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Poimena Visual Art Residency Australia - Burned Bush project

Press release

From 11 August to 6 September, Poimena Gallery will present works by Mariëlle van den Bergh and Mels Dees, under the title ‘Double Dutch’. Van den Bergh and Dees, from Eindhoven in the Netherlands, are the inaugural recipients of the Poimena Visual Arts Residency 2006, and they have been working at the Launceston Church Grammar School for more than a month. In their installations, which have been created especially for this show, they comment on their experiences during their first visit to Tasmania.

Van den Bergh’s main interest is nature, not so much as a source of raw materials or as a threatened environment, but as a way to provide meaning. In her work she often recreates natural phenomena in a way which allows them to acquire new connotations. In recent projects she frequently uses Chinese rice paper as a medium, saturating it with bookbinder’s glue to create a semitransparent skin for her sculpture. On a trip through the state she collected fibers, such as button grass and reeds, for the frameworks. While travelling, Mariëlle also realized that at home she hardly ever encountered trees which actually died of old age – in an overpopulated country like Holland they would have been chopped down long before. Her installation, entitled ‘Bush’, centers on life and death – by fire, chainsaw or natural causes - of Tasmania’s woods.

Much of Mels Dees’ work deals with nature as well, but it focuses on its relation with man-made reality – the analogies and contradictions between our technological culture and the natural processes we remain part of. His work is not easy to classify and ranges from large-scale installations to fragile paper reliefs, from etchings to computer animations. On arriving in Tasmania, Mels was struck by the anglicized colonial architecture: “Looking at the Grammar School’s church, you could easily imagine yourself on the Isle of Wight – except for the Bunya-Bunya tree looming over it, and the cockatoos...”. To catch the eerie, alienated feeling Tasmania evoked at first, he made a series of black-and-white stereo photographs and built (from junk materials) the viewers to see them. For his ‘Terra Australis’, where “the sun is black, trees grow with their roots in the air and men have their feet on backwards”, Mels used negatives and manipulated photographs taken around Launceston.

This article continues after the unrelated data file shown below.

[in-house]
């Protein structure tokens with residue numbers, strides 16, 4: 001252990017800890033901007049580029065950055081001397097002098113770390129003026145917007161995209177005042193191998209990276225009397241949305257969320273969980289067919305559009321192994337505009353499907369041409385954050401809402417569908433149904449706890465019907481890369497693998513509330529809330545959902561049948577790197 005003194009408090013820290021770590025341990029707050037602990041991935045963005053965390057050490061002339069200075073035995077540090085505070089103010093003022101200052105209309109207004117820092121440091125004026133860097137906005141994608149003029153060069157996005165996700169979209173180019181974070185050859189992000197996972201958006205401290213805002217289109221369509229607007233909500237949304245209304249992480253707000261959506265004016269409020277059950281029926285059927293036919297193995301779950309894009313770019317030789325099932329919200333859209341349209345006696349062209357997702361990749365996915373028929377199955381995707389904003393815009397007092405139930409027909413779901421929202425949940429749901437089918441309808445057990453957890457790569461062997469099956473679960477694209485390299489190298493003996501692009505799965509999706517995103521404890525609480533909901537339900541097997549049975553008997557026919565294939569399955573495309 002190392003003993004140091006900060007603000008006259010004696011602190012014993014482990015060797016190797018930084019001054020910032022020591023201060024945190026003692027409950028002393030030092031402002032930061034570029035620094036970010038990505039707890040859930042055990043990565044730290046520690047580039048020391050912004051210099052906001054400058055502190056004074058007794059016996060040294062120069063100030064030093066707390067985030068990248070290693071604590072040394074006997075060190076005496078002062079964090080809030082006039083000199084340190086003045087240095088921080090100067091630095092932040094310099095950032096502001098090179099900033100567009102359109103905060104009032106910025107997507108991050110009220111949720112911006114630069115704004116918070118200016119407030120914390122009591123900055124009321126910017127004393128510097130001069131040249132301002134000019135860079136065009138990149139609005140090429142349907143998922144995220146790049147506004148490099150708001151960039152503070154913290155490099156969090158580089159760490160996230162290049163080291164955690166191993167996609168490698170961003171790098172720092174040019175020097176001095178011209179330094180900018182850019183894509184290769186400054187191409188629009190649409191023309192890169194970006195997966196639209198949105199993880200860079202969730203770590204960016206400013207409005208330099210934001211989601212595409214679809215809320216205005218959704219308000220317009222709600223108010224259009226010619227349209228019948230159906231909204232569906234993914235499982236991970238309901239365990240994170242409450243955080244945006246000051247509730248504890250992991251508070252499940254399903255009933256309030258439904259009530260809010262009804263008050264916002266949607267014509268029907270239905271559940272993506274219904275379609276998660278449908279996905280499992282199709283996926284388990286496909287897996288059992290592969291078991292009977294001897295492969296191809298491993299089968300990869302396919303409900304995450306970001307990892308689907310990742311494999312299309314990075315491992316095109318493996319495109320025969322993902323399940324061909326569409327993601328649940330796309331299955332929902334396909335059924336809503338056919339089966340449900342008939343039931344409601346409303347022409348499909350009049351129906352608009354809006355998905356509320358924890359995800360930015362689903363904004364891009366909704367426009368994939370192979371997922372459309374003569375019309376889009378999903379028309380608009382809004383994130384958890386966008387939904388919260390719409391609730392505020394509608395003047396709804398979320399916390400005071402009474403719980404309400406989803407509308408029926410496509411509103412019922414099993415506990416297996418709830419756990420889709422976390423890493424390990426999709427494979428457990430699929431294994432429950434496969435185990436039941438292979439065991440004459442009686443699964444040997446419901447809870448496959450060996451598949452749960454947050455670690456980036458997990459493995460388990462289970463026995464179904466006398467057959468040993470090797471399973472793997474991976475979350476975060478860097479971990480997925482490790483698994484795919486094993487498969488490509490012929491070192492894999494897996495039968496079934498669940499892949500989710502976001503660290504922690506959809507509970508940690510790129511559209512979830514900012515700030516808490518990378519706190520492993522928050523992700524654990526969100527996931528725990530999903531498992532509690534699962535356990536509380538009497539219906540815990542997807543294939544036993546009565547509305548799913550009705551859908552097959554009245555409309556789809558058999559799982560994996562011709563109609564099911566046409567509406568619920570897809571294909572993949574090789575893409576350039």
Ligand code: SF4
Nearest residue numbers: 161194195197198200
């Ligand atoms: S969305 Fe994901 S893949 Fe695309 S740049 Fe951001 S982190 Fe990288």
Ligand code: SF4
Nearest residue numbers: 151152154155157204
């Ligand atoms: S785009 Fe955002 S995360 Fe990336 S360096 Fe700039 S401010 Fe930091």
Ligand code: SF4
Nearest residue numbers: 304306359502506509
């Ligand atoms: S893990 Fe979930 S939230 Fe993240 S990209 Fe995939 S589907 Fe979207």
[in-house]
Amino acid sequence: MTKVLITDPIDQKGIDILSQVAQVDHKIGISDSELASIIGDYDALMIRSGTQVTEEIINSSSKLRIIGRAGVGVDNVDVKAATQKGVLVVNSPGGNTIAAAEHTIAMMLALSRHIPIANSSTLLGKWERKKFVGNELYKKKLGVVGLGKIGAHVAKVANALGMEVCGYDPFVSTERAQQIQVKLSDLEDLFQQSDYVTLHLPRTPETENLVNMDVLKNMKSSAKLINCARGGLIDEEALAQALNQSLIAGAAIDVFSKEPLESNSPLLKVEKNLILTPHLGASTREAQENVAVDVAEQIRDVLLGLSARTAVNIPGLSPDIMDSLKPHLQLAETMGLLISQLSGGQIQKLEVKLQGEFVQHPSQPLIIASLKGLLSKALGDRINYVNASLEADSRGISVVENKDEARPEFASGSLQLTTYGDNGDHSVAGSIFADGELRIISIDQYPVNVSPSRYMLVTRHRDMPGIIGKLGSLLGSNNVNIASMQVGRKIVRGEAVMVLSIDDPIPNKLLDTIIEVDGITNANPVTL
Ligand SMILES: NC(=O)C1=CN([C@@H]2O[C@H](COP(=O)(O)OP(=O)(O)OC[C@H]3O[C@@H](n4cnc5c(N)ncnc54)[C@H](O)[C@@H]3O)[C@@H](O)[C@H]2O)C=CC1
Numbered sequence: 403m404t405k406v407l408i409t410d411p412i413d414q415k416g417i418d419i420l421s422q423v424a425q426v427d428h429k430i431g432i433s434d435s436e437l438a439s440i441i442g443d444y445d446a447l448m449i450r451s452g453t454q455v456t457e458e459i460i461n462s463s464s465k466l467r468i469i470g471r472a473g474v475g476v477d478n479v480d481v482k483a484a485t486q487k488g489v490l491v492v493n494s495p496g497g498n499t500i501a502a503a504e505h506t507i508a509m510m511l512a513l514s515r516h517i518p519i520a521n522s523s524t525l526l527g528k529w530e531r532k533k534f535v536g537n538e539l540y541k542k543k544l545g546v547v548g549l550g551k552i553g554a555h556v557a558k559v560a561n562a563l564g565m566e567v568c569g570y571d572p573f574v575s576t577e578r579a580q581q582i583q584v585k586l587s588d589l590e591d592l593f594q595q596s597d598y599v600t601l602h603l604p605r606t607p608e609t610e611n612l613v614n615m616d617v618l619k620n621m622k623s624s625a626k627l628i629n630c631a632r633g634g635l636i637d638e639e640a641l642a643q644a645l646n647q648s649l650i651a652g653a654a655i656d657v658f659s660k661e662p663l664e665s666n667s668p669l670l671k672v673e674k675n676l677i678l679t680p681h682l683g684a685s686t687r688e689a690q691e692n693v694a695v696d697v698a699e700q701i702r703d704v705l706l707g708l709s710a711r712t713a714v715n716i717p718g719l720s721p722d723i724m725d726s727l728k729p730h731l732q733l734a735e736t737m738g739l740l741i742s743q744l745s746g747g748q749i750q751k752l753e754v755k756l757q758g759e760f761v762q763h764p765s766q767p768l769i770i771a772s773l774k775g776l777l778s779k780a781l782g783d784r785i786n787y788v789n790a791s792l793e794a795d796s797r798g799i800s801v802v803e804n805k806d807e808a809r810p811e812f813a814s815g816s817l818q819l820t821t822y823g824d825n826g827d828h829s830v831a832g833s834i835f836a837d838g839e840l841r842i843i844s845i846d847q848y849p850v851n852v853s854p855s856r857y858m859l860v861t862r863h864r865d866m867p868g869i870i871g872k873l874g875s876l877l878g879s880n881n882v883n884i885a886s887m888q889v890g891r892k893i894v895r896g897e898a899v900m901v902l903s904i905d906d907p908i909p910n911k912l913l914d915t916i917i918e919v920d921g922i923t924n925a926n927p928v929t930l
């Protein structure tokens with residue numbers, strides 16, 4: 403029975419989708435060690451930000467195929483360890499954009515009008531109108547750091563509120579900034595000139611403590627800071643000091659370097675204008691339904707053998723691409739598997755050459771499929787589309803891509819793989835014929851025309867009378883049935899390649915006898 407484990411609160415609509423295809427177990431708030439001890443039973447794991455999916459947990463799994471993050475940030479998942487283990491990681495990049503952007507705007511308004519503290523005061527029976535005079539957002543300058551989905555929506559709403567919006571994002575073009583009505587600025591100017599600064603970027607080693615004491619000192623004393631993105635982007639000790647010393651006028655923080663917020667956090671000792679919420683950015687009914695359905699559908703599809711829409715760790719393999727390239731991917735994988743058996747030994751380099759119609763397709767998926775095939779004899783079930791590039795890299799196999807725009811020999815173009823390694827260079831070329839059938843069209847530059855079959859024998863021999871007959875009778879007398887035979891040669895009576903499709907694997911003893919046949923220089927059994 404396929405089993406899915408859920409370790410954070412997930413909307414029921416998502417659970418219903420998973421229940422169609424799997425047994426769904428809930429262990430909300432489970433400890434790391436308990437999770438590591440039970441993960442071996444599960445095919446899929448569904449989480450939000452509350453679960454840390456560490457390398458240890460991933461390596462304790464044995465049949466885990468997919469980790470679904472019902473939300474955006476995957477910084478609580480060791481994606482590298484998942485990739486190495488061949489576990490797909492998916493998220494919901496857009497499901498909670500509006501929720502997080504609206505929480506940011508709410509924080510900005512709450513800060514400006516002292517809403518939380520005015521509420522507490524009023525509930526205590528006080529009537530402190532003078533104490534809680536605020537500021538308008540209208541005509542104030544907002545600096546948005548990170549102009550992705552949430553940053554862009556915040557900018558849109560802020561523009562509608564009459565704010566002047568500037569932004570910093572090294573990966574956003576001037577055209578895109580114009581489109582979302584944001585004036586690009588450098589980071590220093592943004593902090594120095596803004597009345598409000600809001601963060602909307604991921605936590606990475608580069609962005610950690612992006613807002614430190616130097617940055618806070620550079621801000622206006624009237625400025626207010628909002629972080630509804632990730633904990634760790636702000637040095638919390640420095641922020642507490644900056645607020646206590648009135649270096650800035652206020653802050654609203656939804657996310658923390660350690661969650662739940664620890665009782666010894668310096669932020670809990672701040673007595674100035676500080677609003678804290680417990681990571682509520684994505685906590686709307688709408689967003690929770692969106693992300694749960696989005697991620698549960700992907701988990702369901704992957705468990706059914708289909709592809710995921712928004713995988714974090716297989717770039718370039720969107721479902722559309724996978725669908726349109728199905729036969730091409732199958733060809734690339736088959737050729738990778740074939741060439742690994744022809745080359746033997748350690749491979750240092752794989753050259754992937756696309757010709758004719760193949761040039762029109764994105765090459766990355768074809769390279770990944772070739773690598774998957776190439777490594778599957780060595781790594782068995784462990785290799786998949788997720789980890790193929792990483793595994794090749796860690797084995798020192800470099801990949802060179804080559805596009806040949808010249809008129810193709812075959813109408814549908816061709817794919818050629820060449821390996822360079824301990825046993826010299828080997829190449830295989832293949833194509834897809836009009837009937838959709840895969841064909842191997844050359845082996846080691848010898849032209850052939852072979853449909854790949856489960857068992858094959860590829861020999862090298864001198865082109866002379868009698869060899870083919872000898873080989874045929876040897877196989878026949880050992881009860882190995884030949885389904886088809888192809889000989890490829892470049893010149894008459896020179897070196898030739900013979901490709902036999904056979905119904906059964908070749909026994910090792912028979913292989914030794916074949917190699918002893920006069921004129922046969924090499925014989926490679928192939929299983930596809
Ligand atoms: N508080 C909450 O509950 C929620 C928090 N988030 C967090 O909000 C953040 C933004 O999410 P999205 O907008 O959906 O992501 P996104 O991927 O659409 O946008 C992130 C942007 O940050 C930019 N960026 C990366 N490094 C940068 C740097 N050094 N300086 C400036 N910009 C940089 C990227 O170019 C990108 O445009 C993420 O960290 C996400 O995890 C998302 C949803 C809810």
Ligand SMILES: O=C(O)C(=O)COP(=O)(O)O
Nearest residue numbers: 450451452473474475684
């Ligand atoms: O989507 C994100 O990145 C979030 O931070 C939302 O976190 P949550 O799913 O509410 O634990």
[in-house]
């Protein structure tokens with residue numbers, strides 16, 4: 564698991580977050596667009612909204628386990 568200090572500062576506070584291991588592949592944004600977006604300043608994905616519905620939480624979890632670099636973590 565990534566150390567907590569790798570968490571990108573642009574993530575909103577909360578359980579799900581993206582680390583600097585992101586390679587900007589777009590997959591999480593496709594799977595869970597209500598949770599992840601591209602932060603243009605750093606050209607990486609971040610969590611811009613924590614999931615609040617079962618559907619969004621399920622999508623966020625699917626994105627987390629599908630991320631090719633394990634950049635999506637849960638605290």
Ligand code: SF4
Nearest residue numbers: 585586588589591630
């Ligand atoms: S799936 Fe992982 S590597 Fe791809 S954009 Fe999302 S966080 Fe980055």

The  exhibition ‘Double Dutch’ also features work by Quirijn Dees and some grade 6 LCGS students.
It will be opened by [.....], at 5.30 pm on Friday, 11 August 2006

Poimena Gallery
Button Street, Mowbray
Open Monday - Friday, 9am - 5 pm
Weekends by appointment
Contact Katy Woodroffe (03) 6336 6039


The artists gratefully acknowledge the support of the Royal Netherlands Embassy and the Launceston Church Grammar School.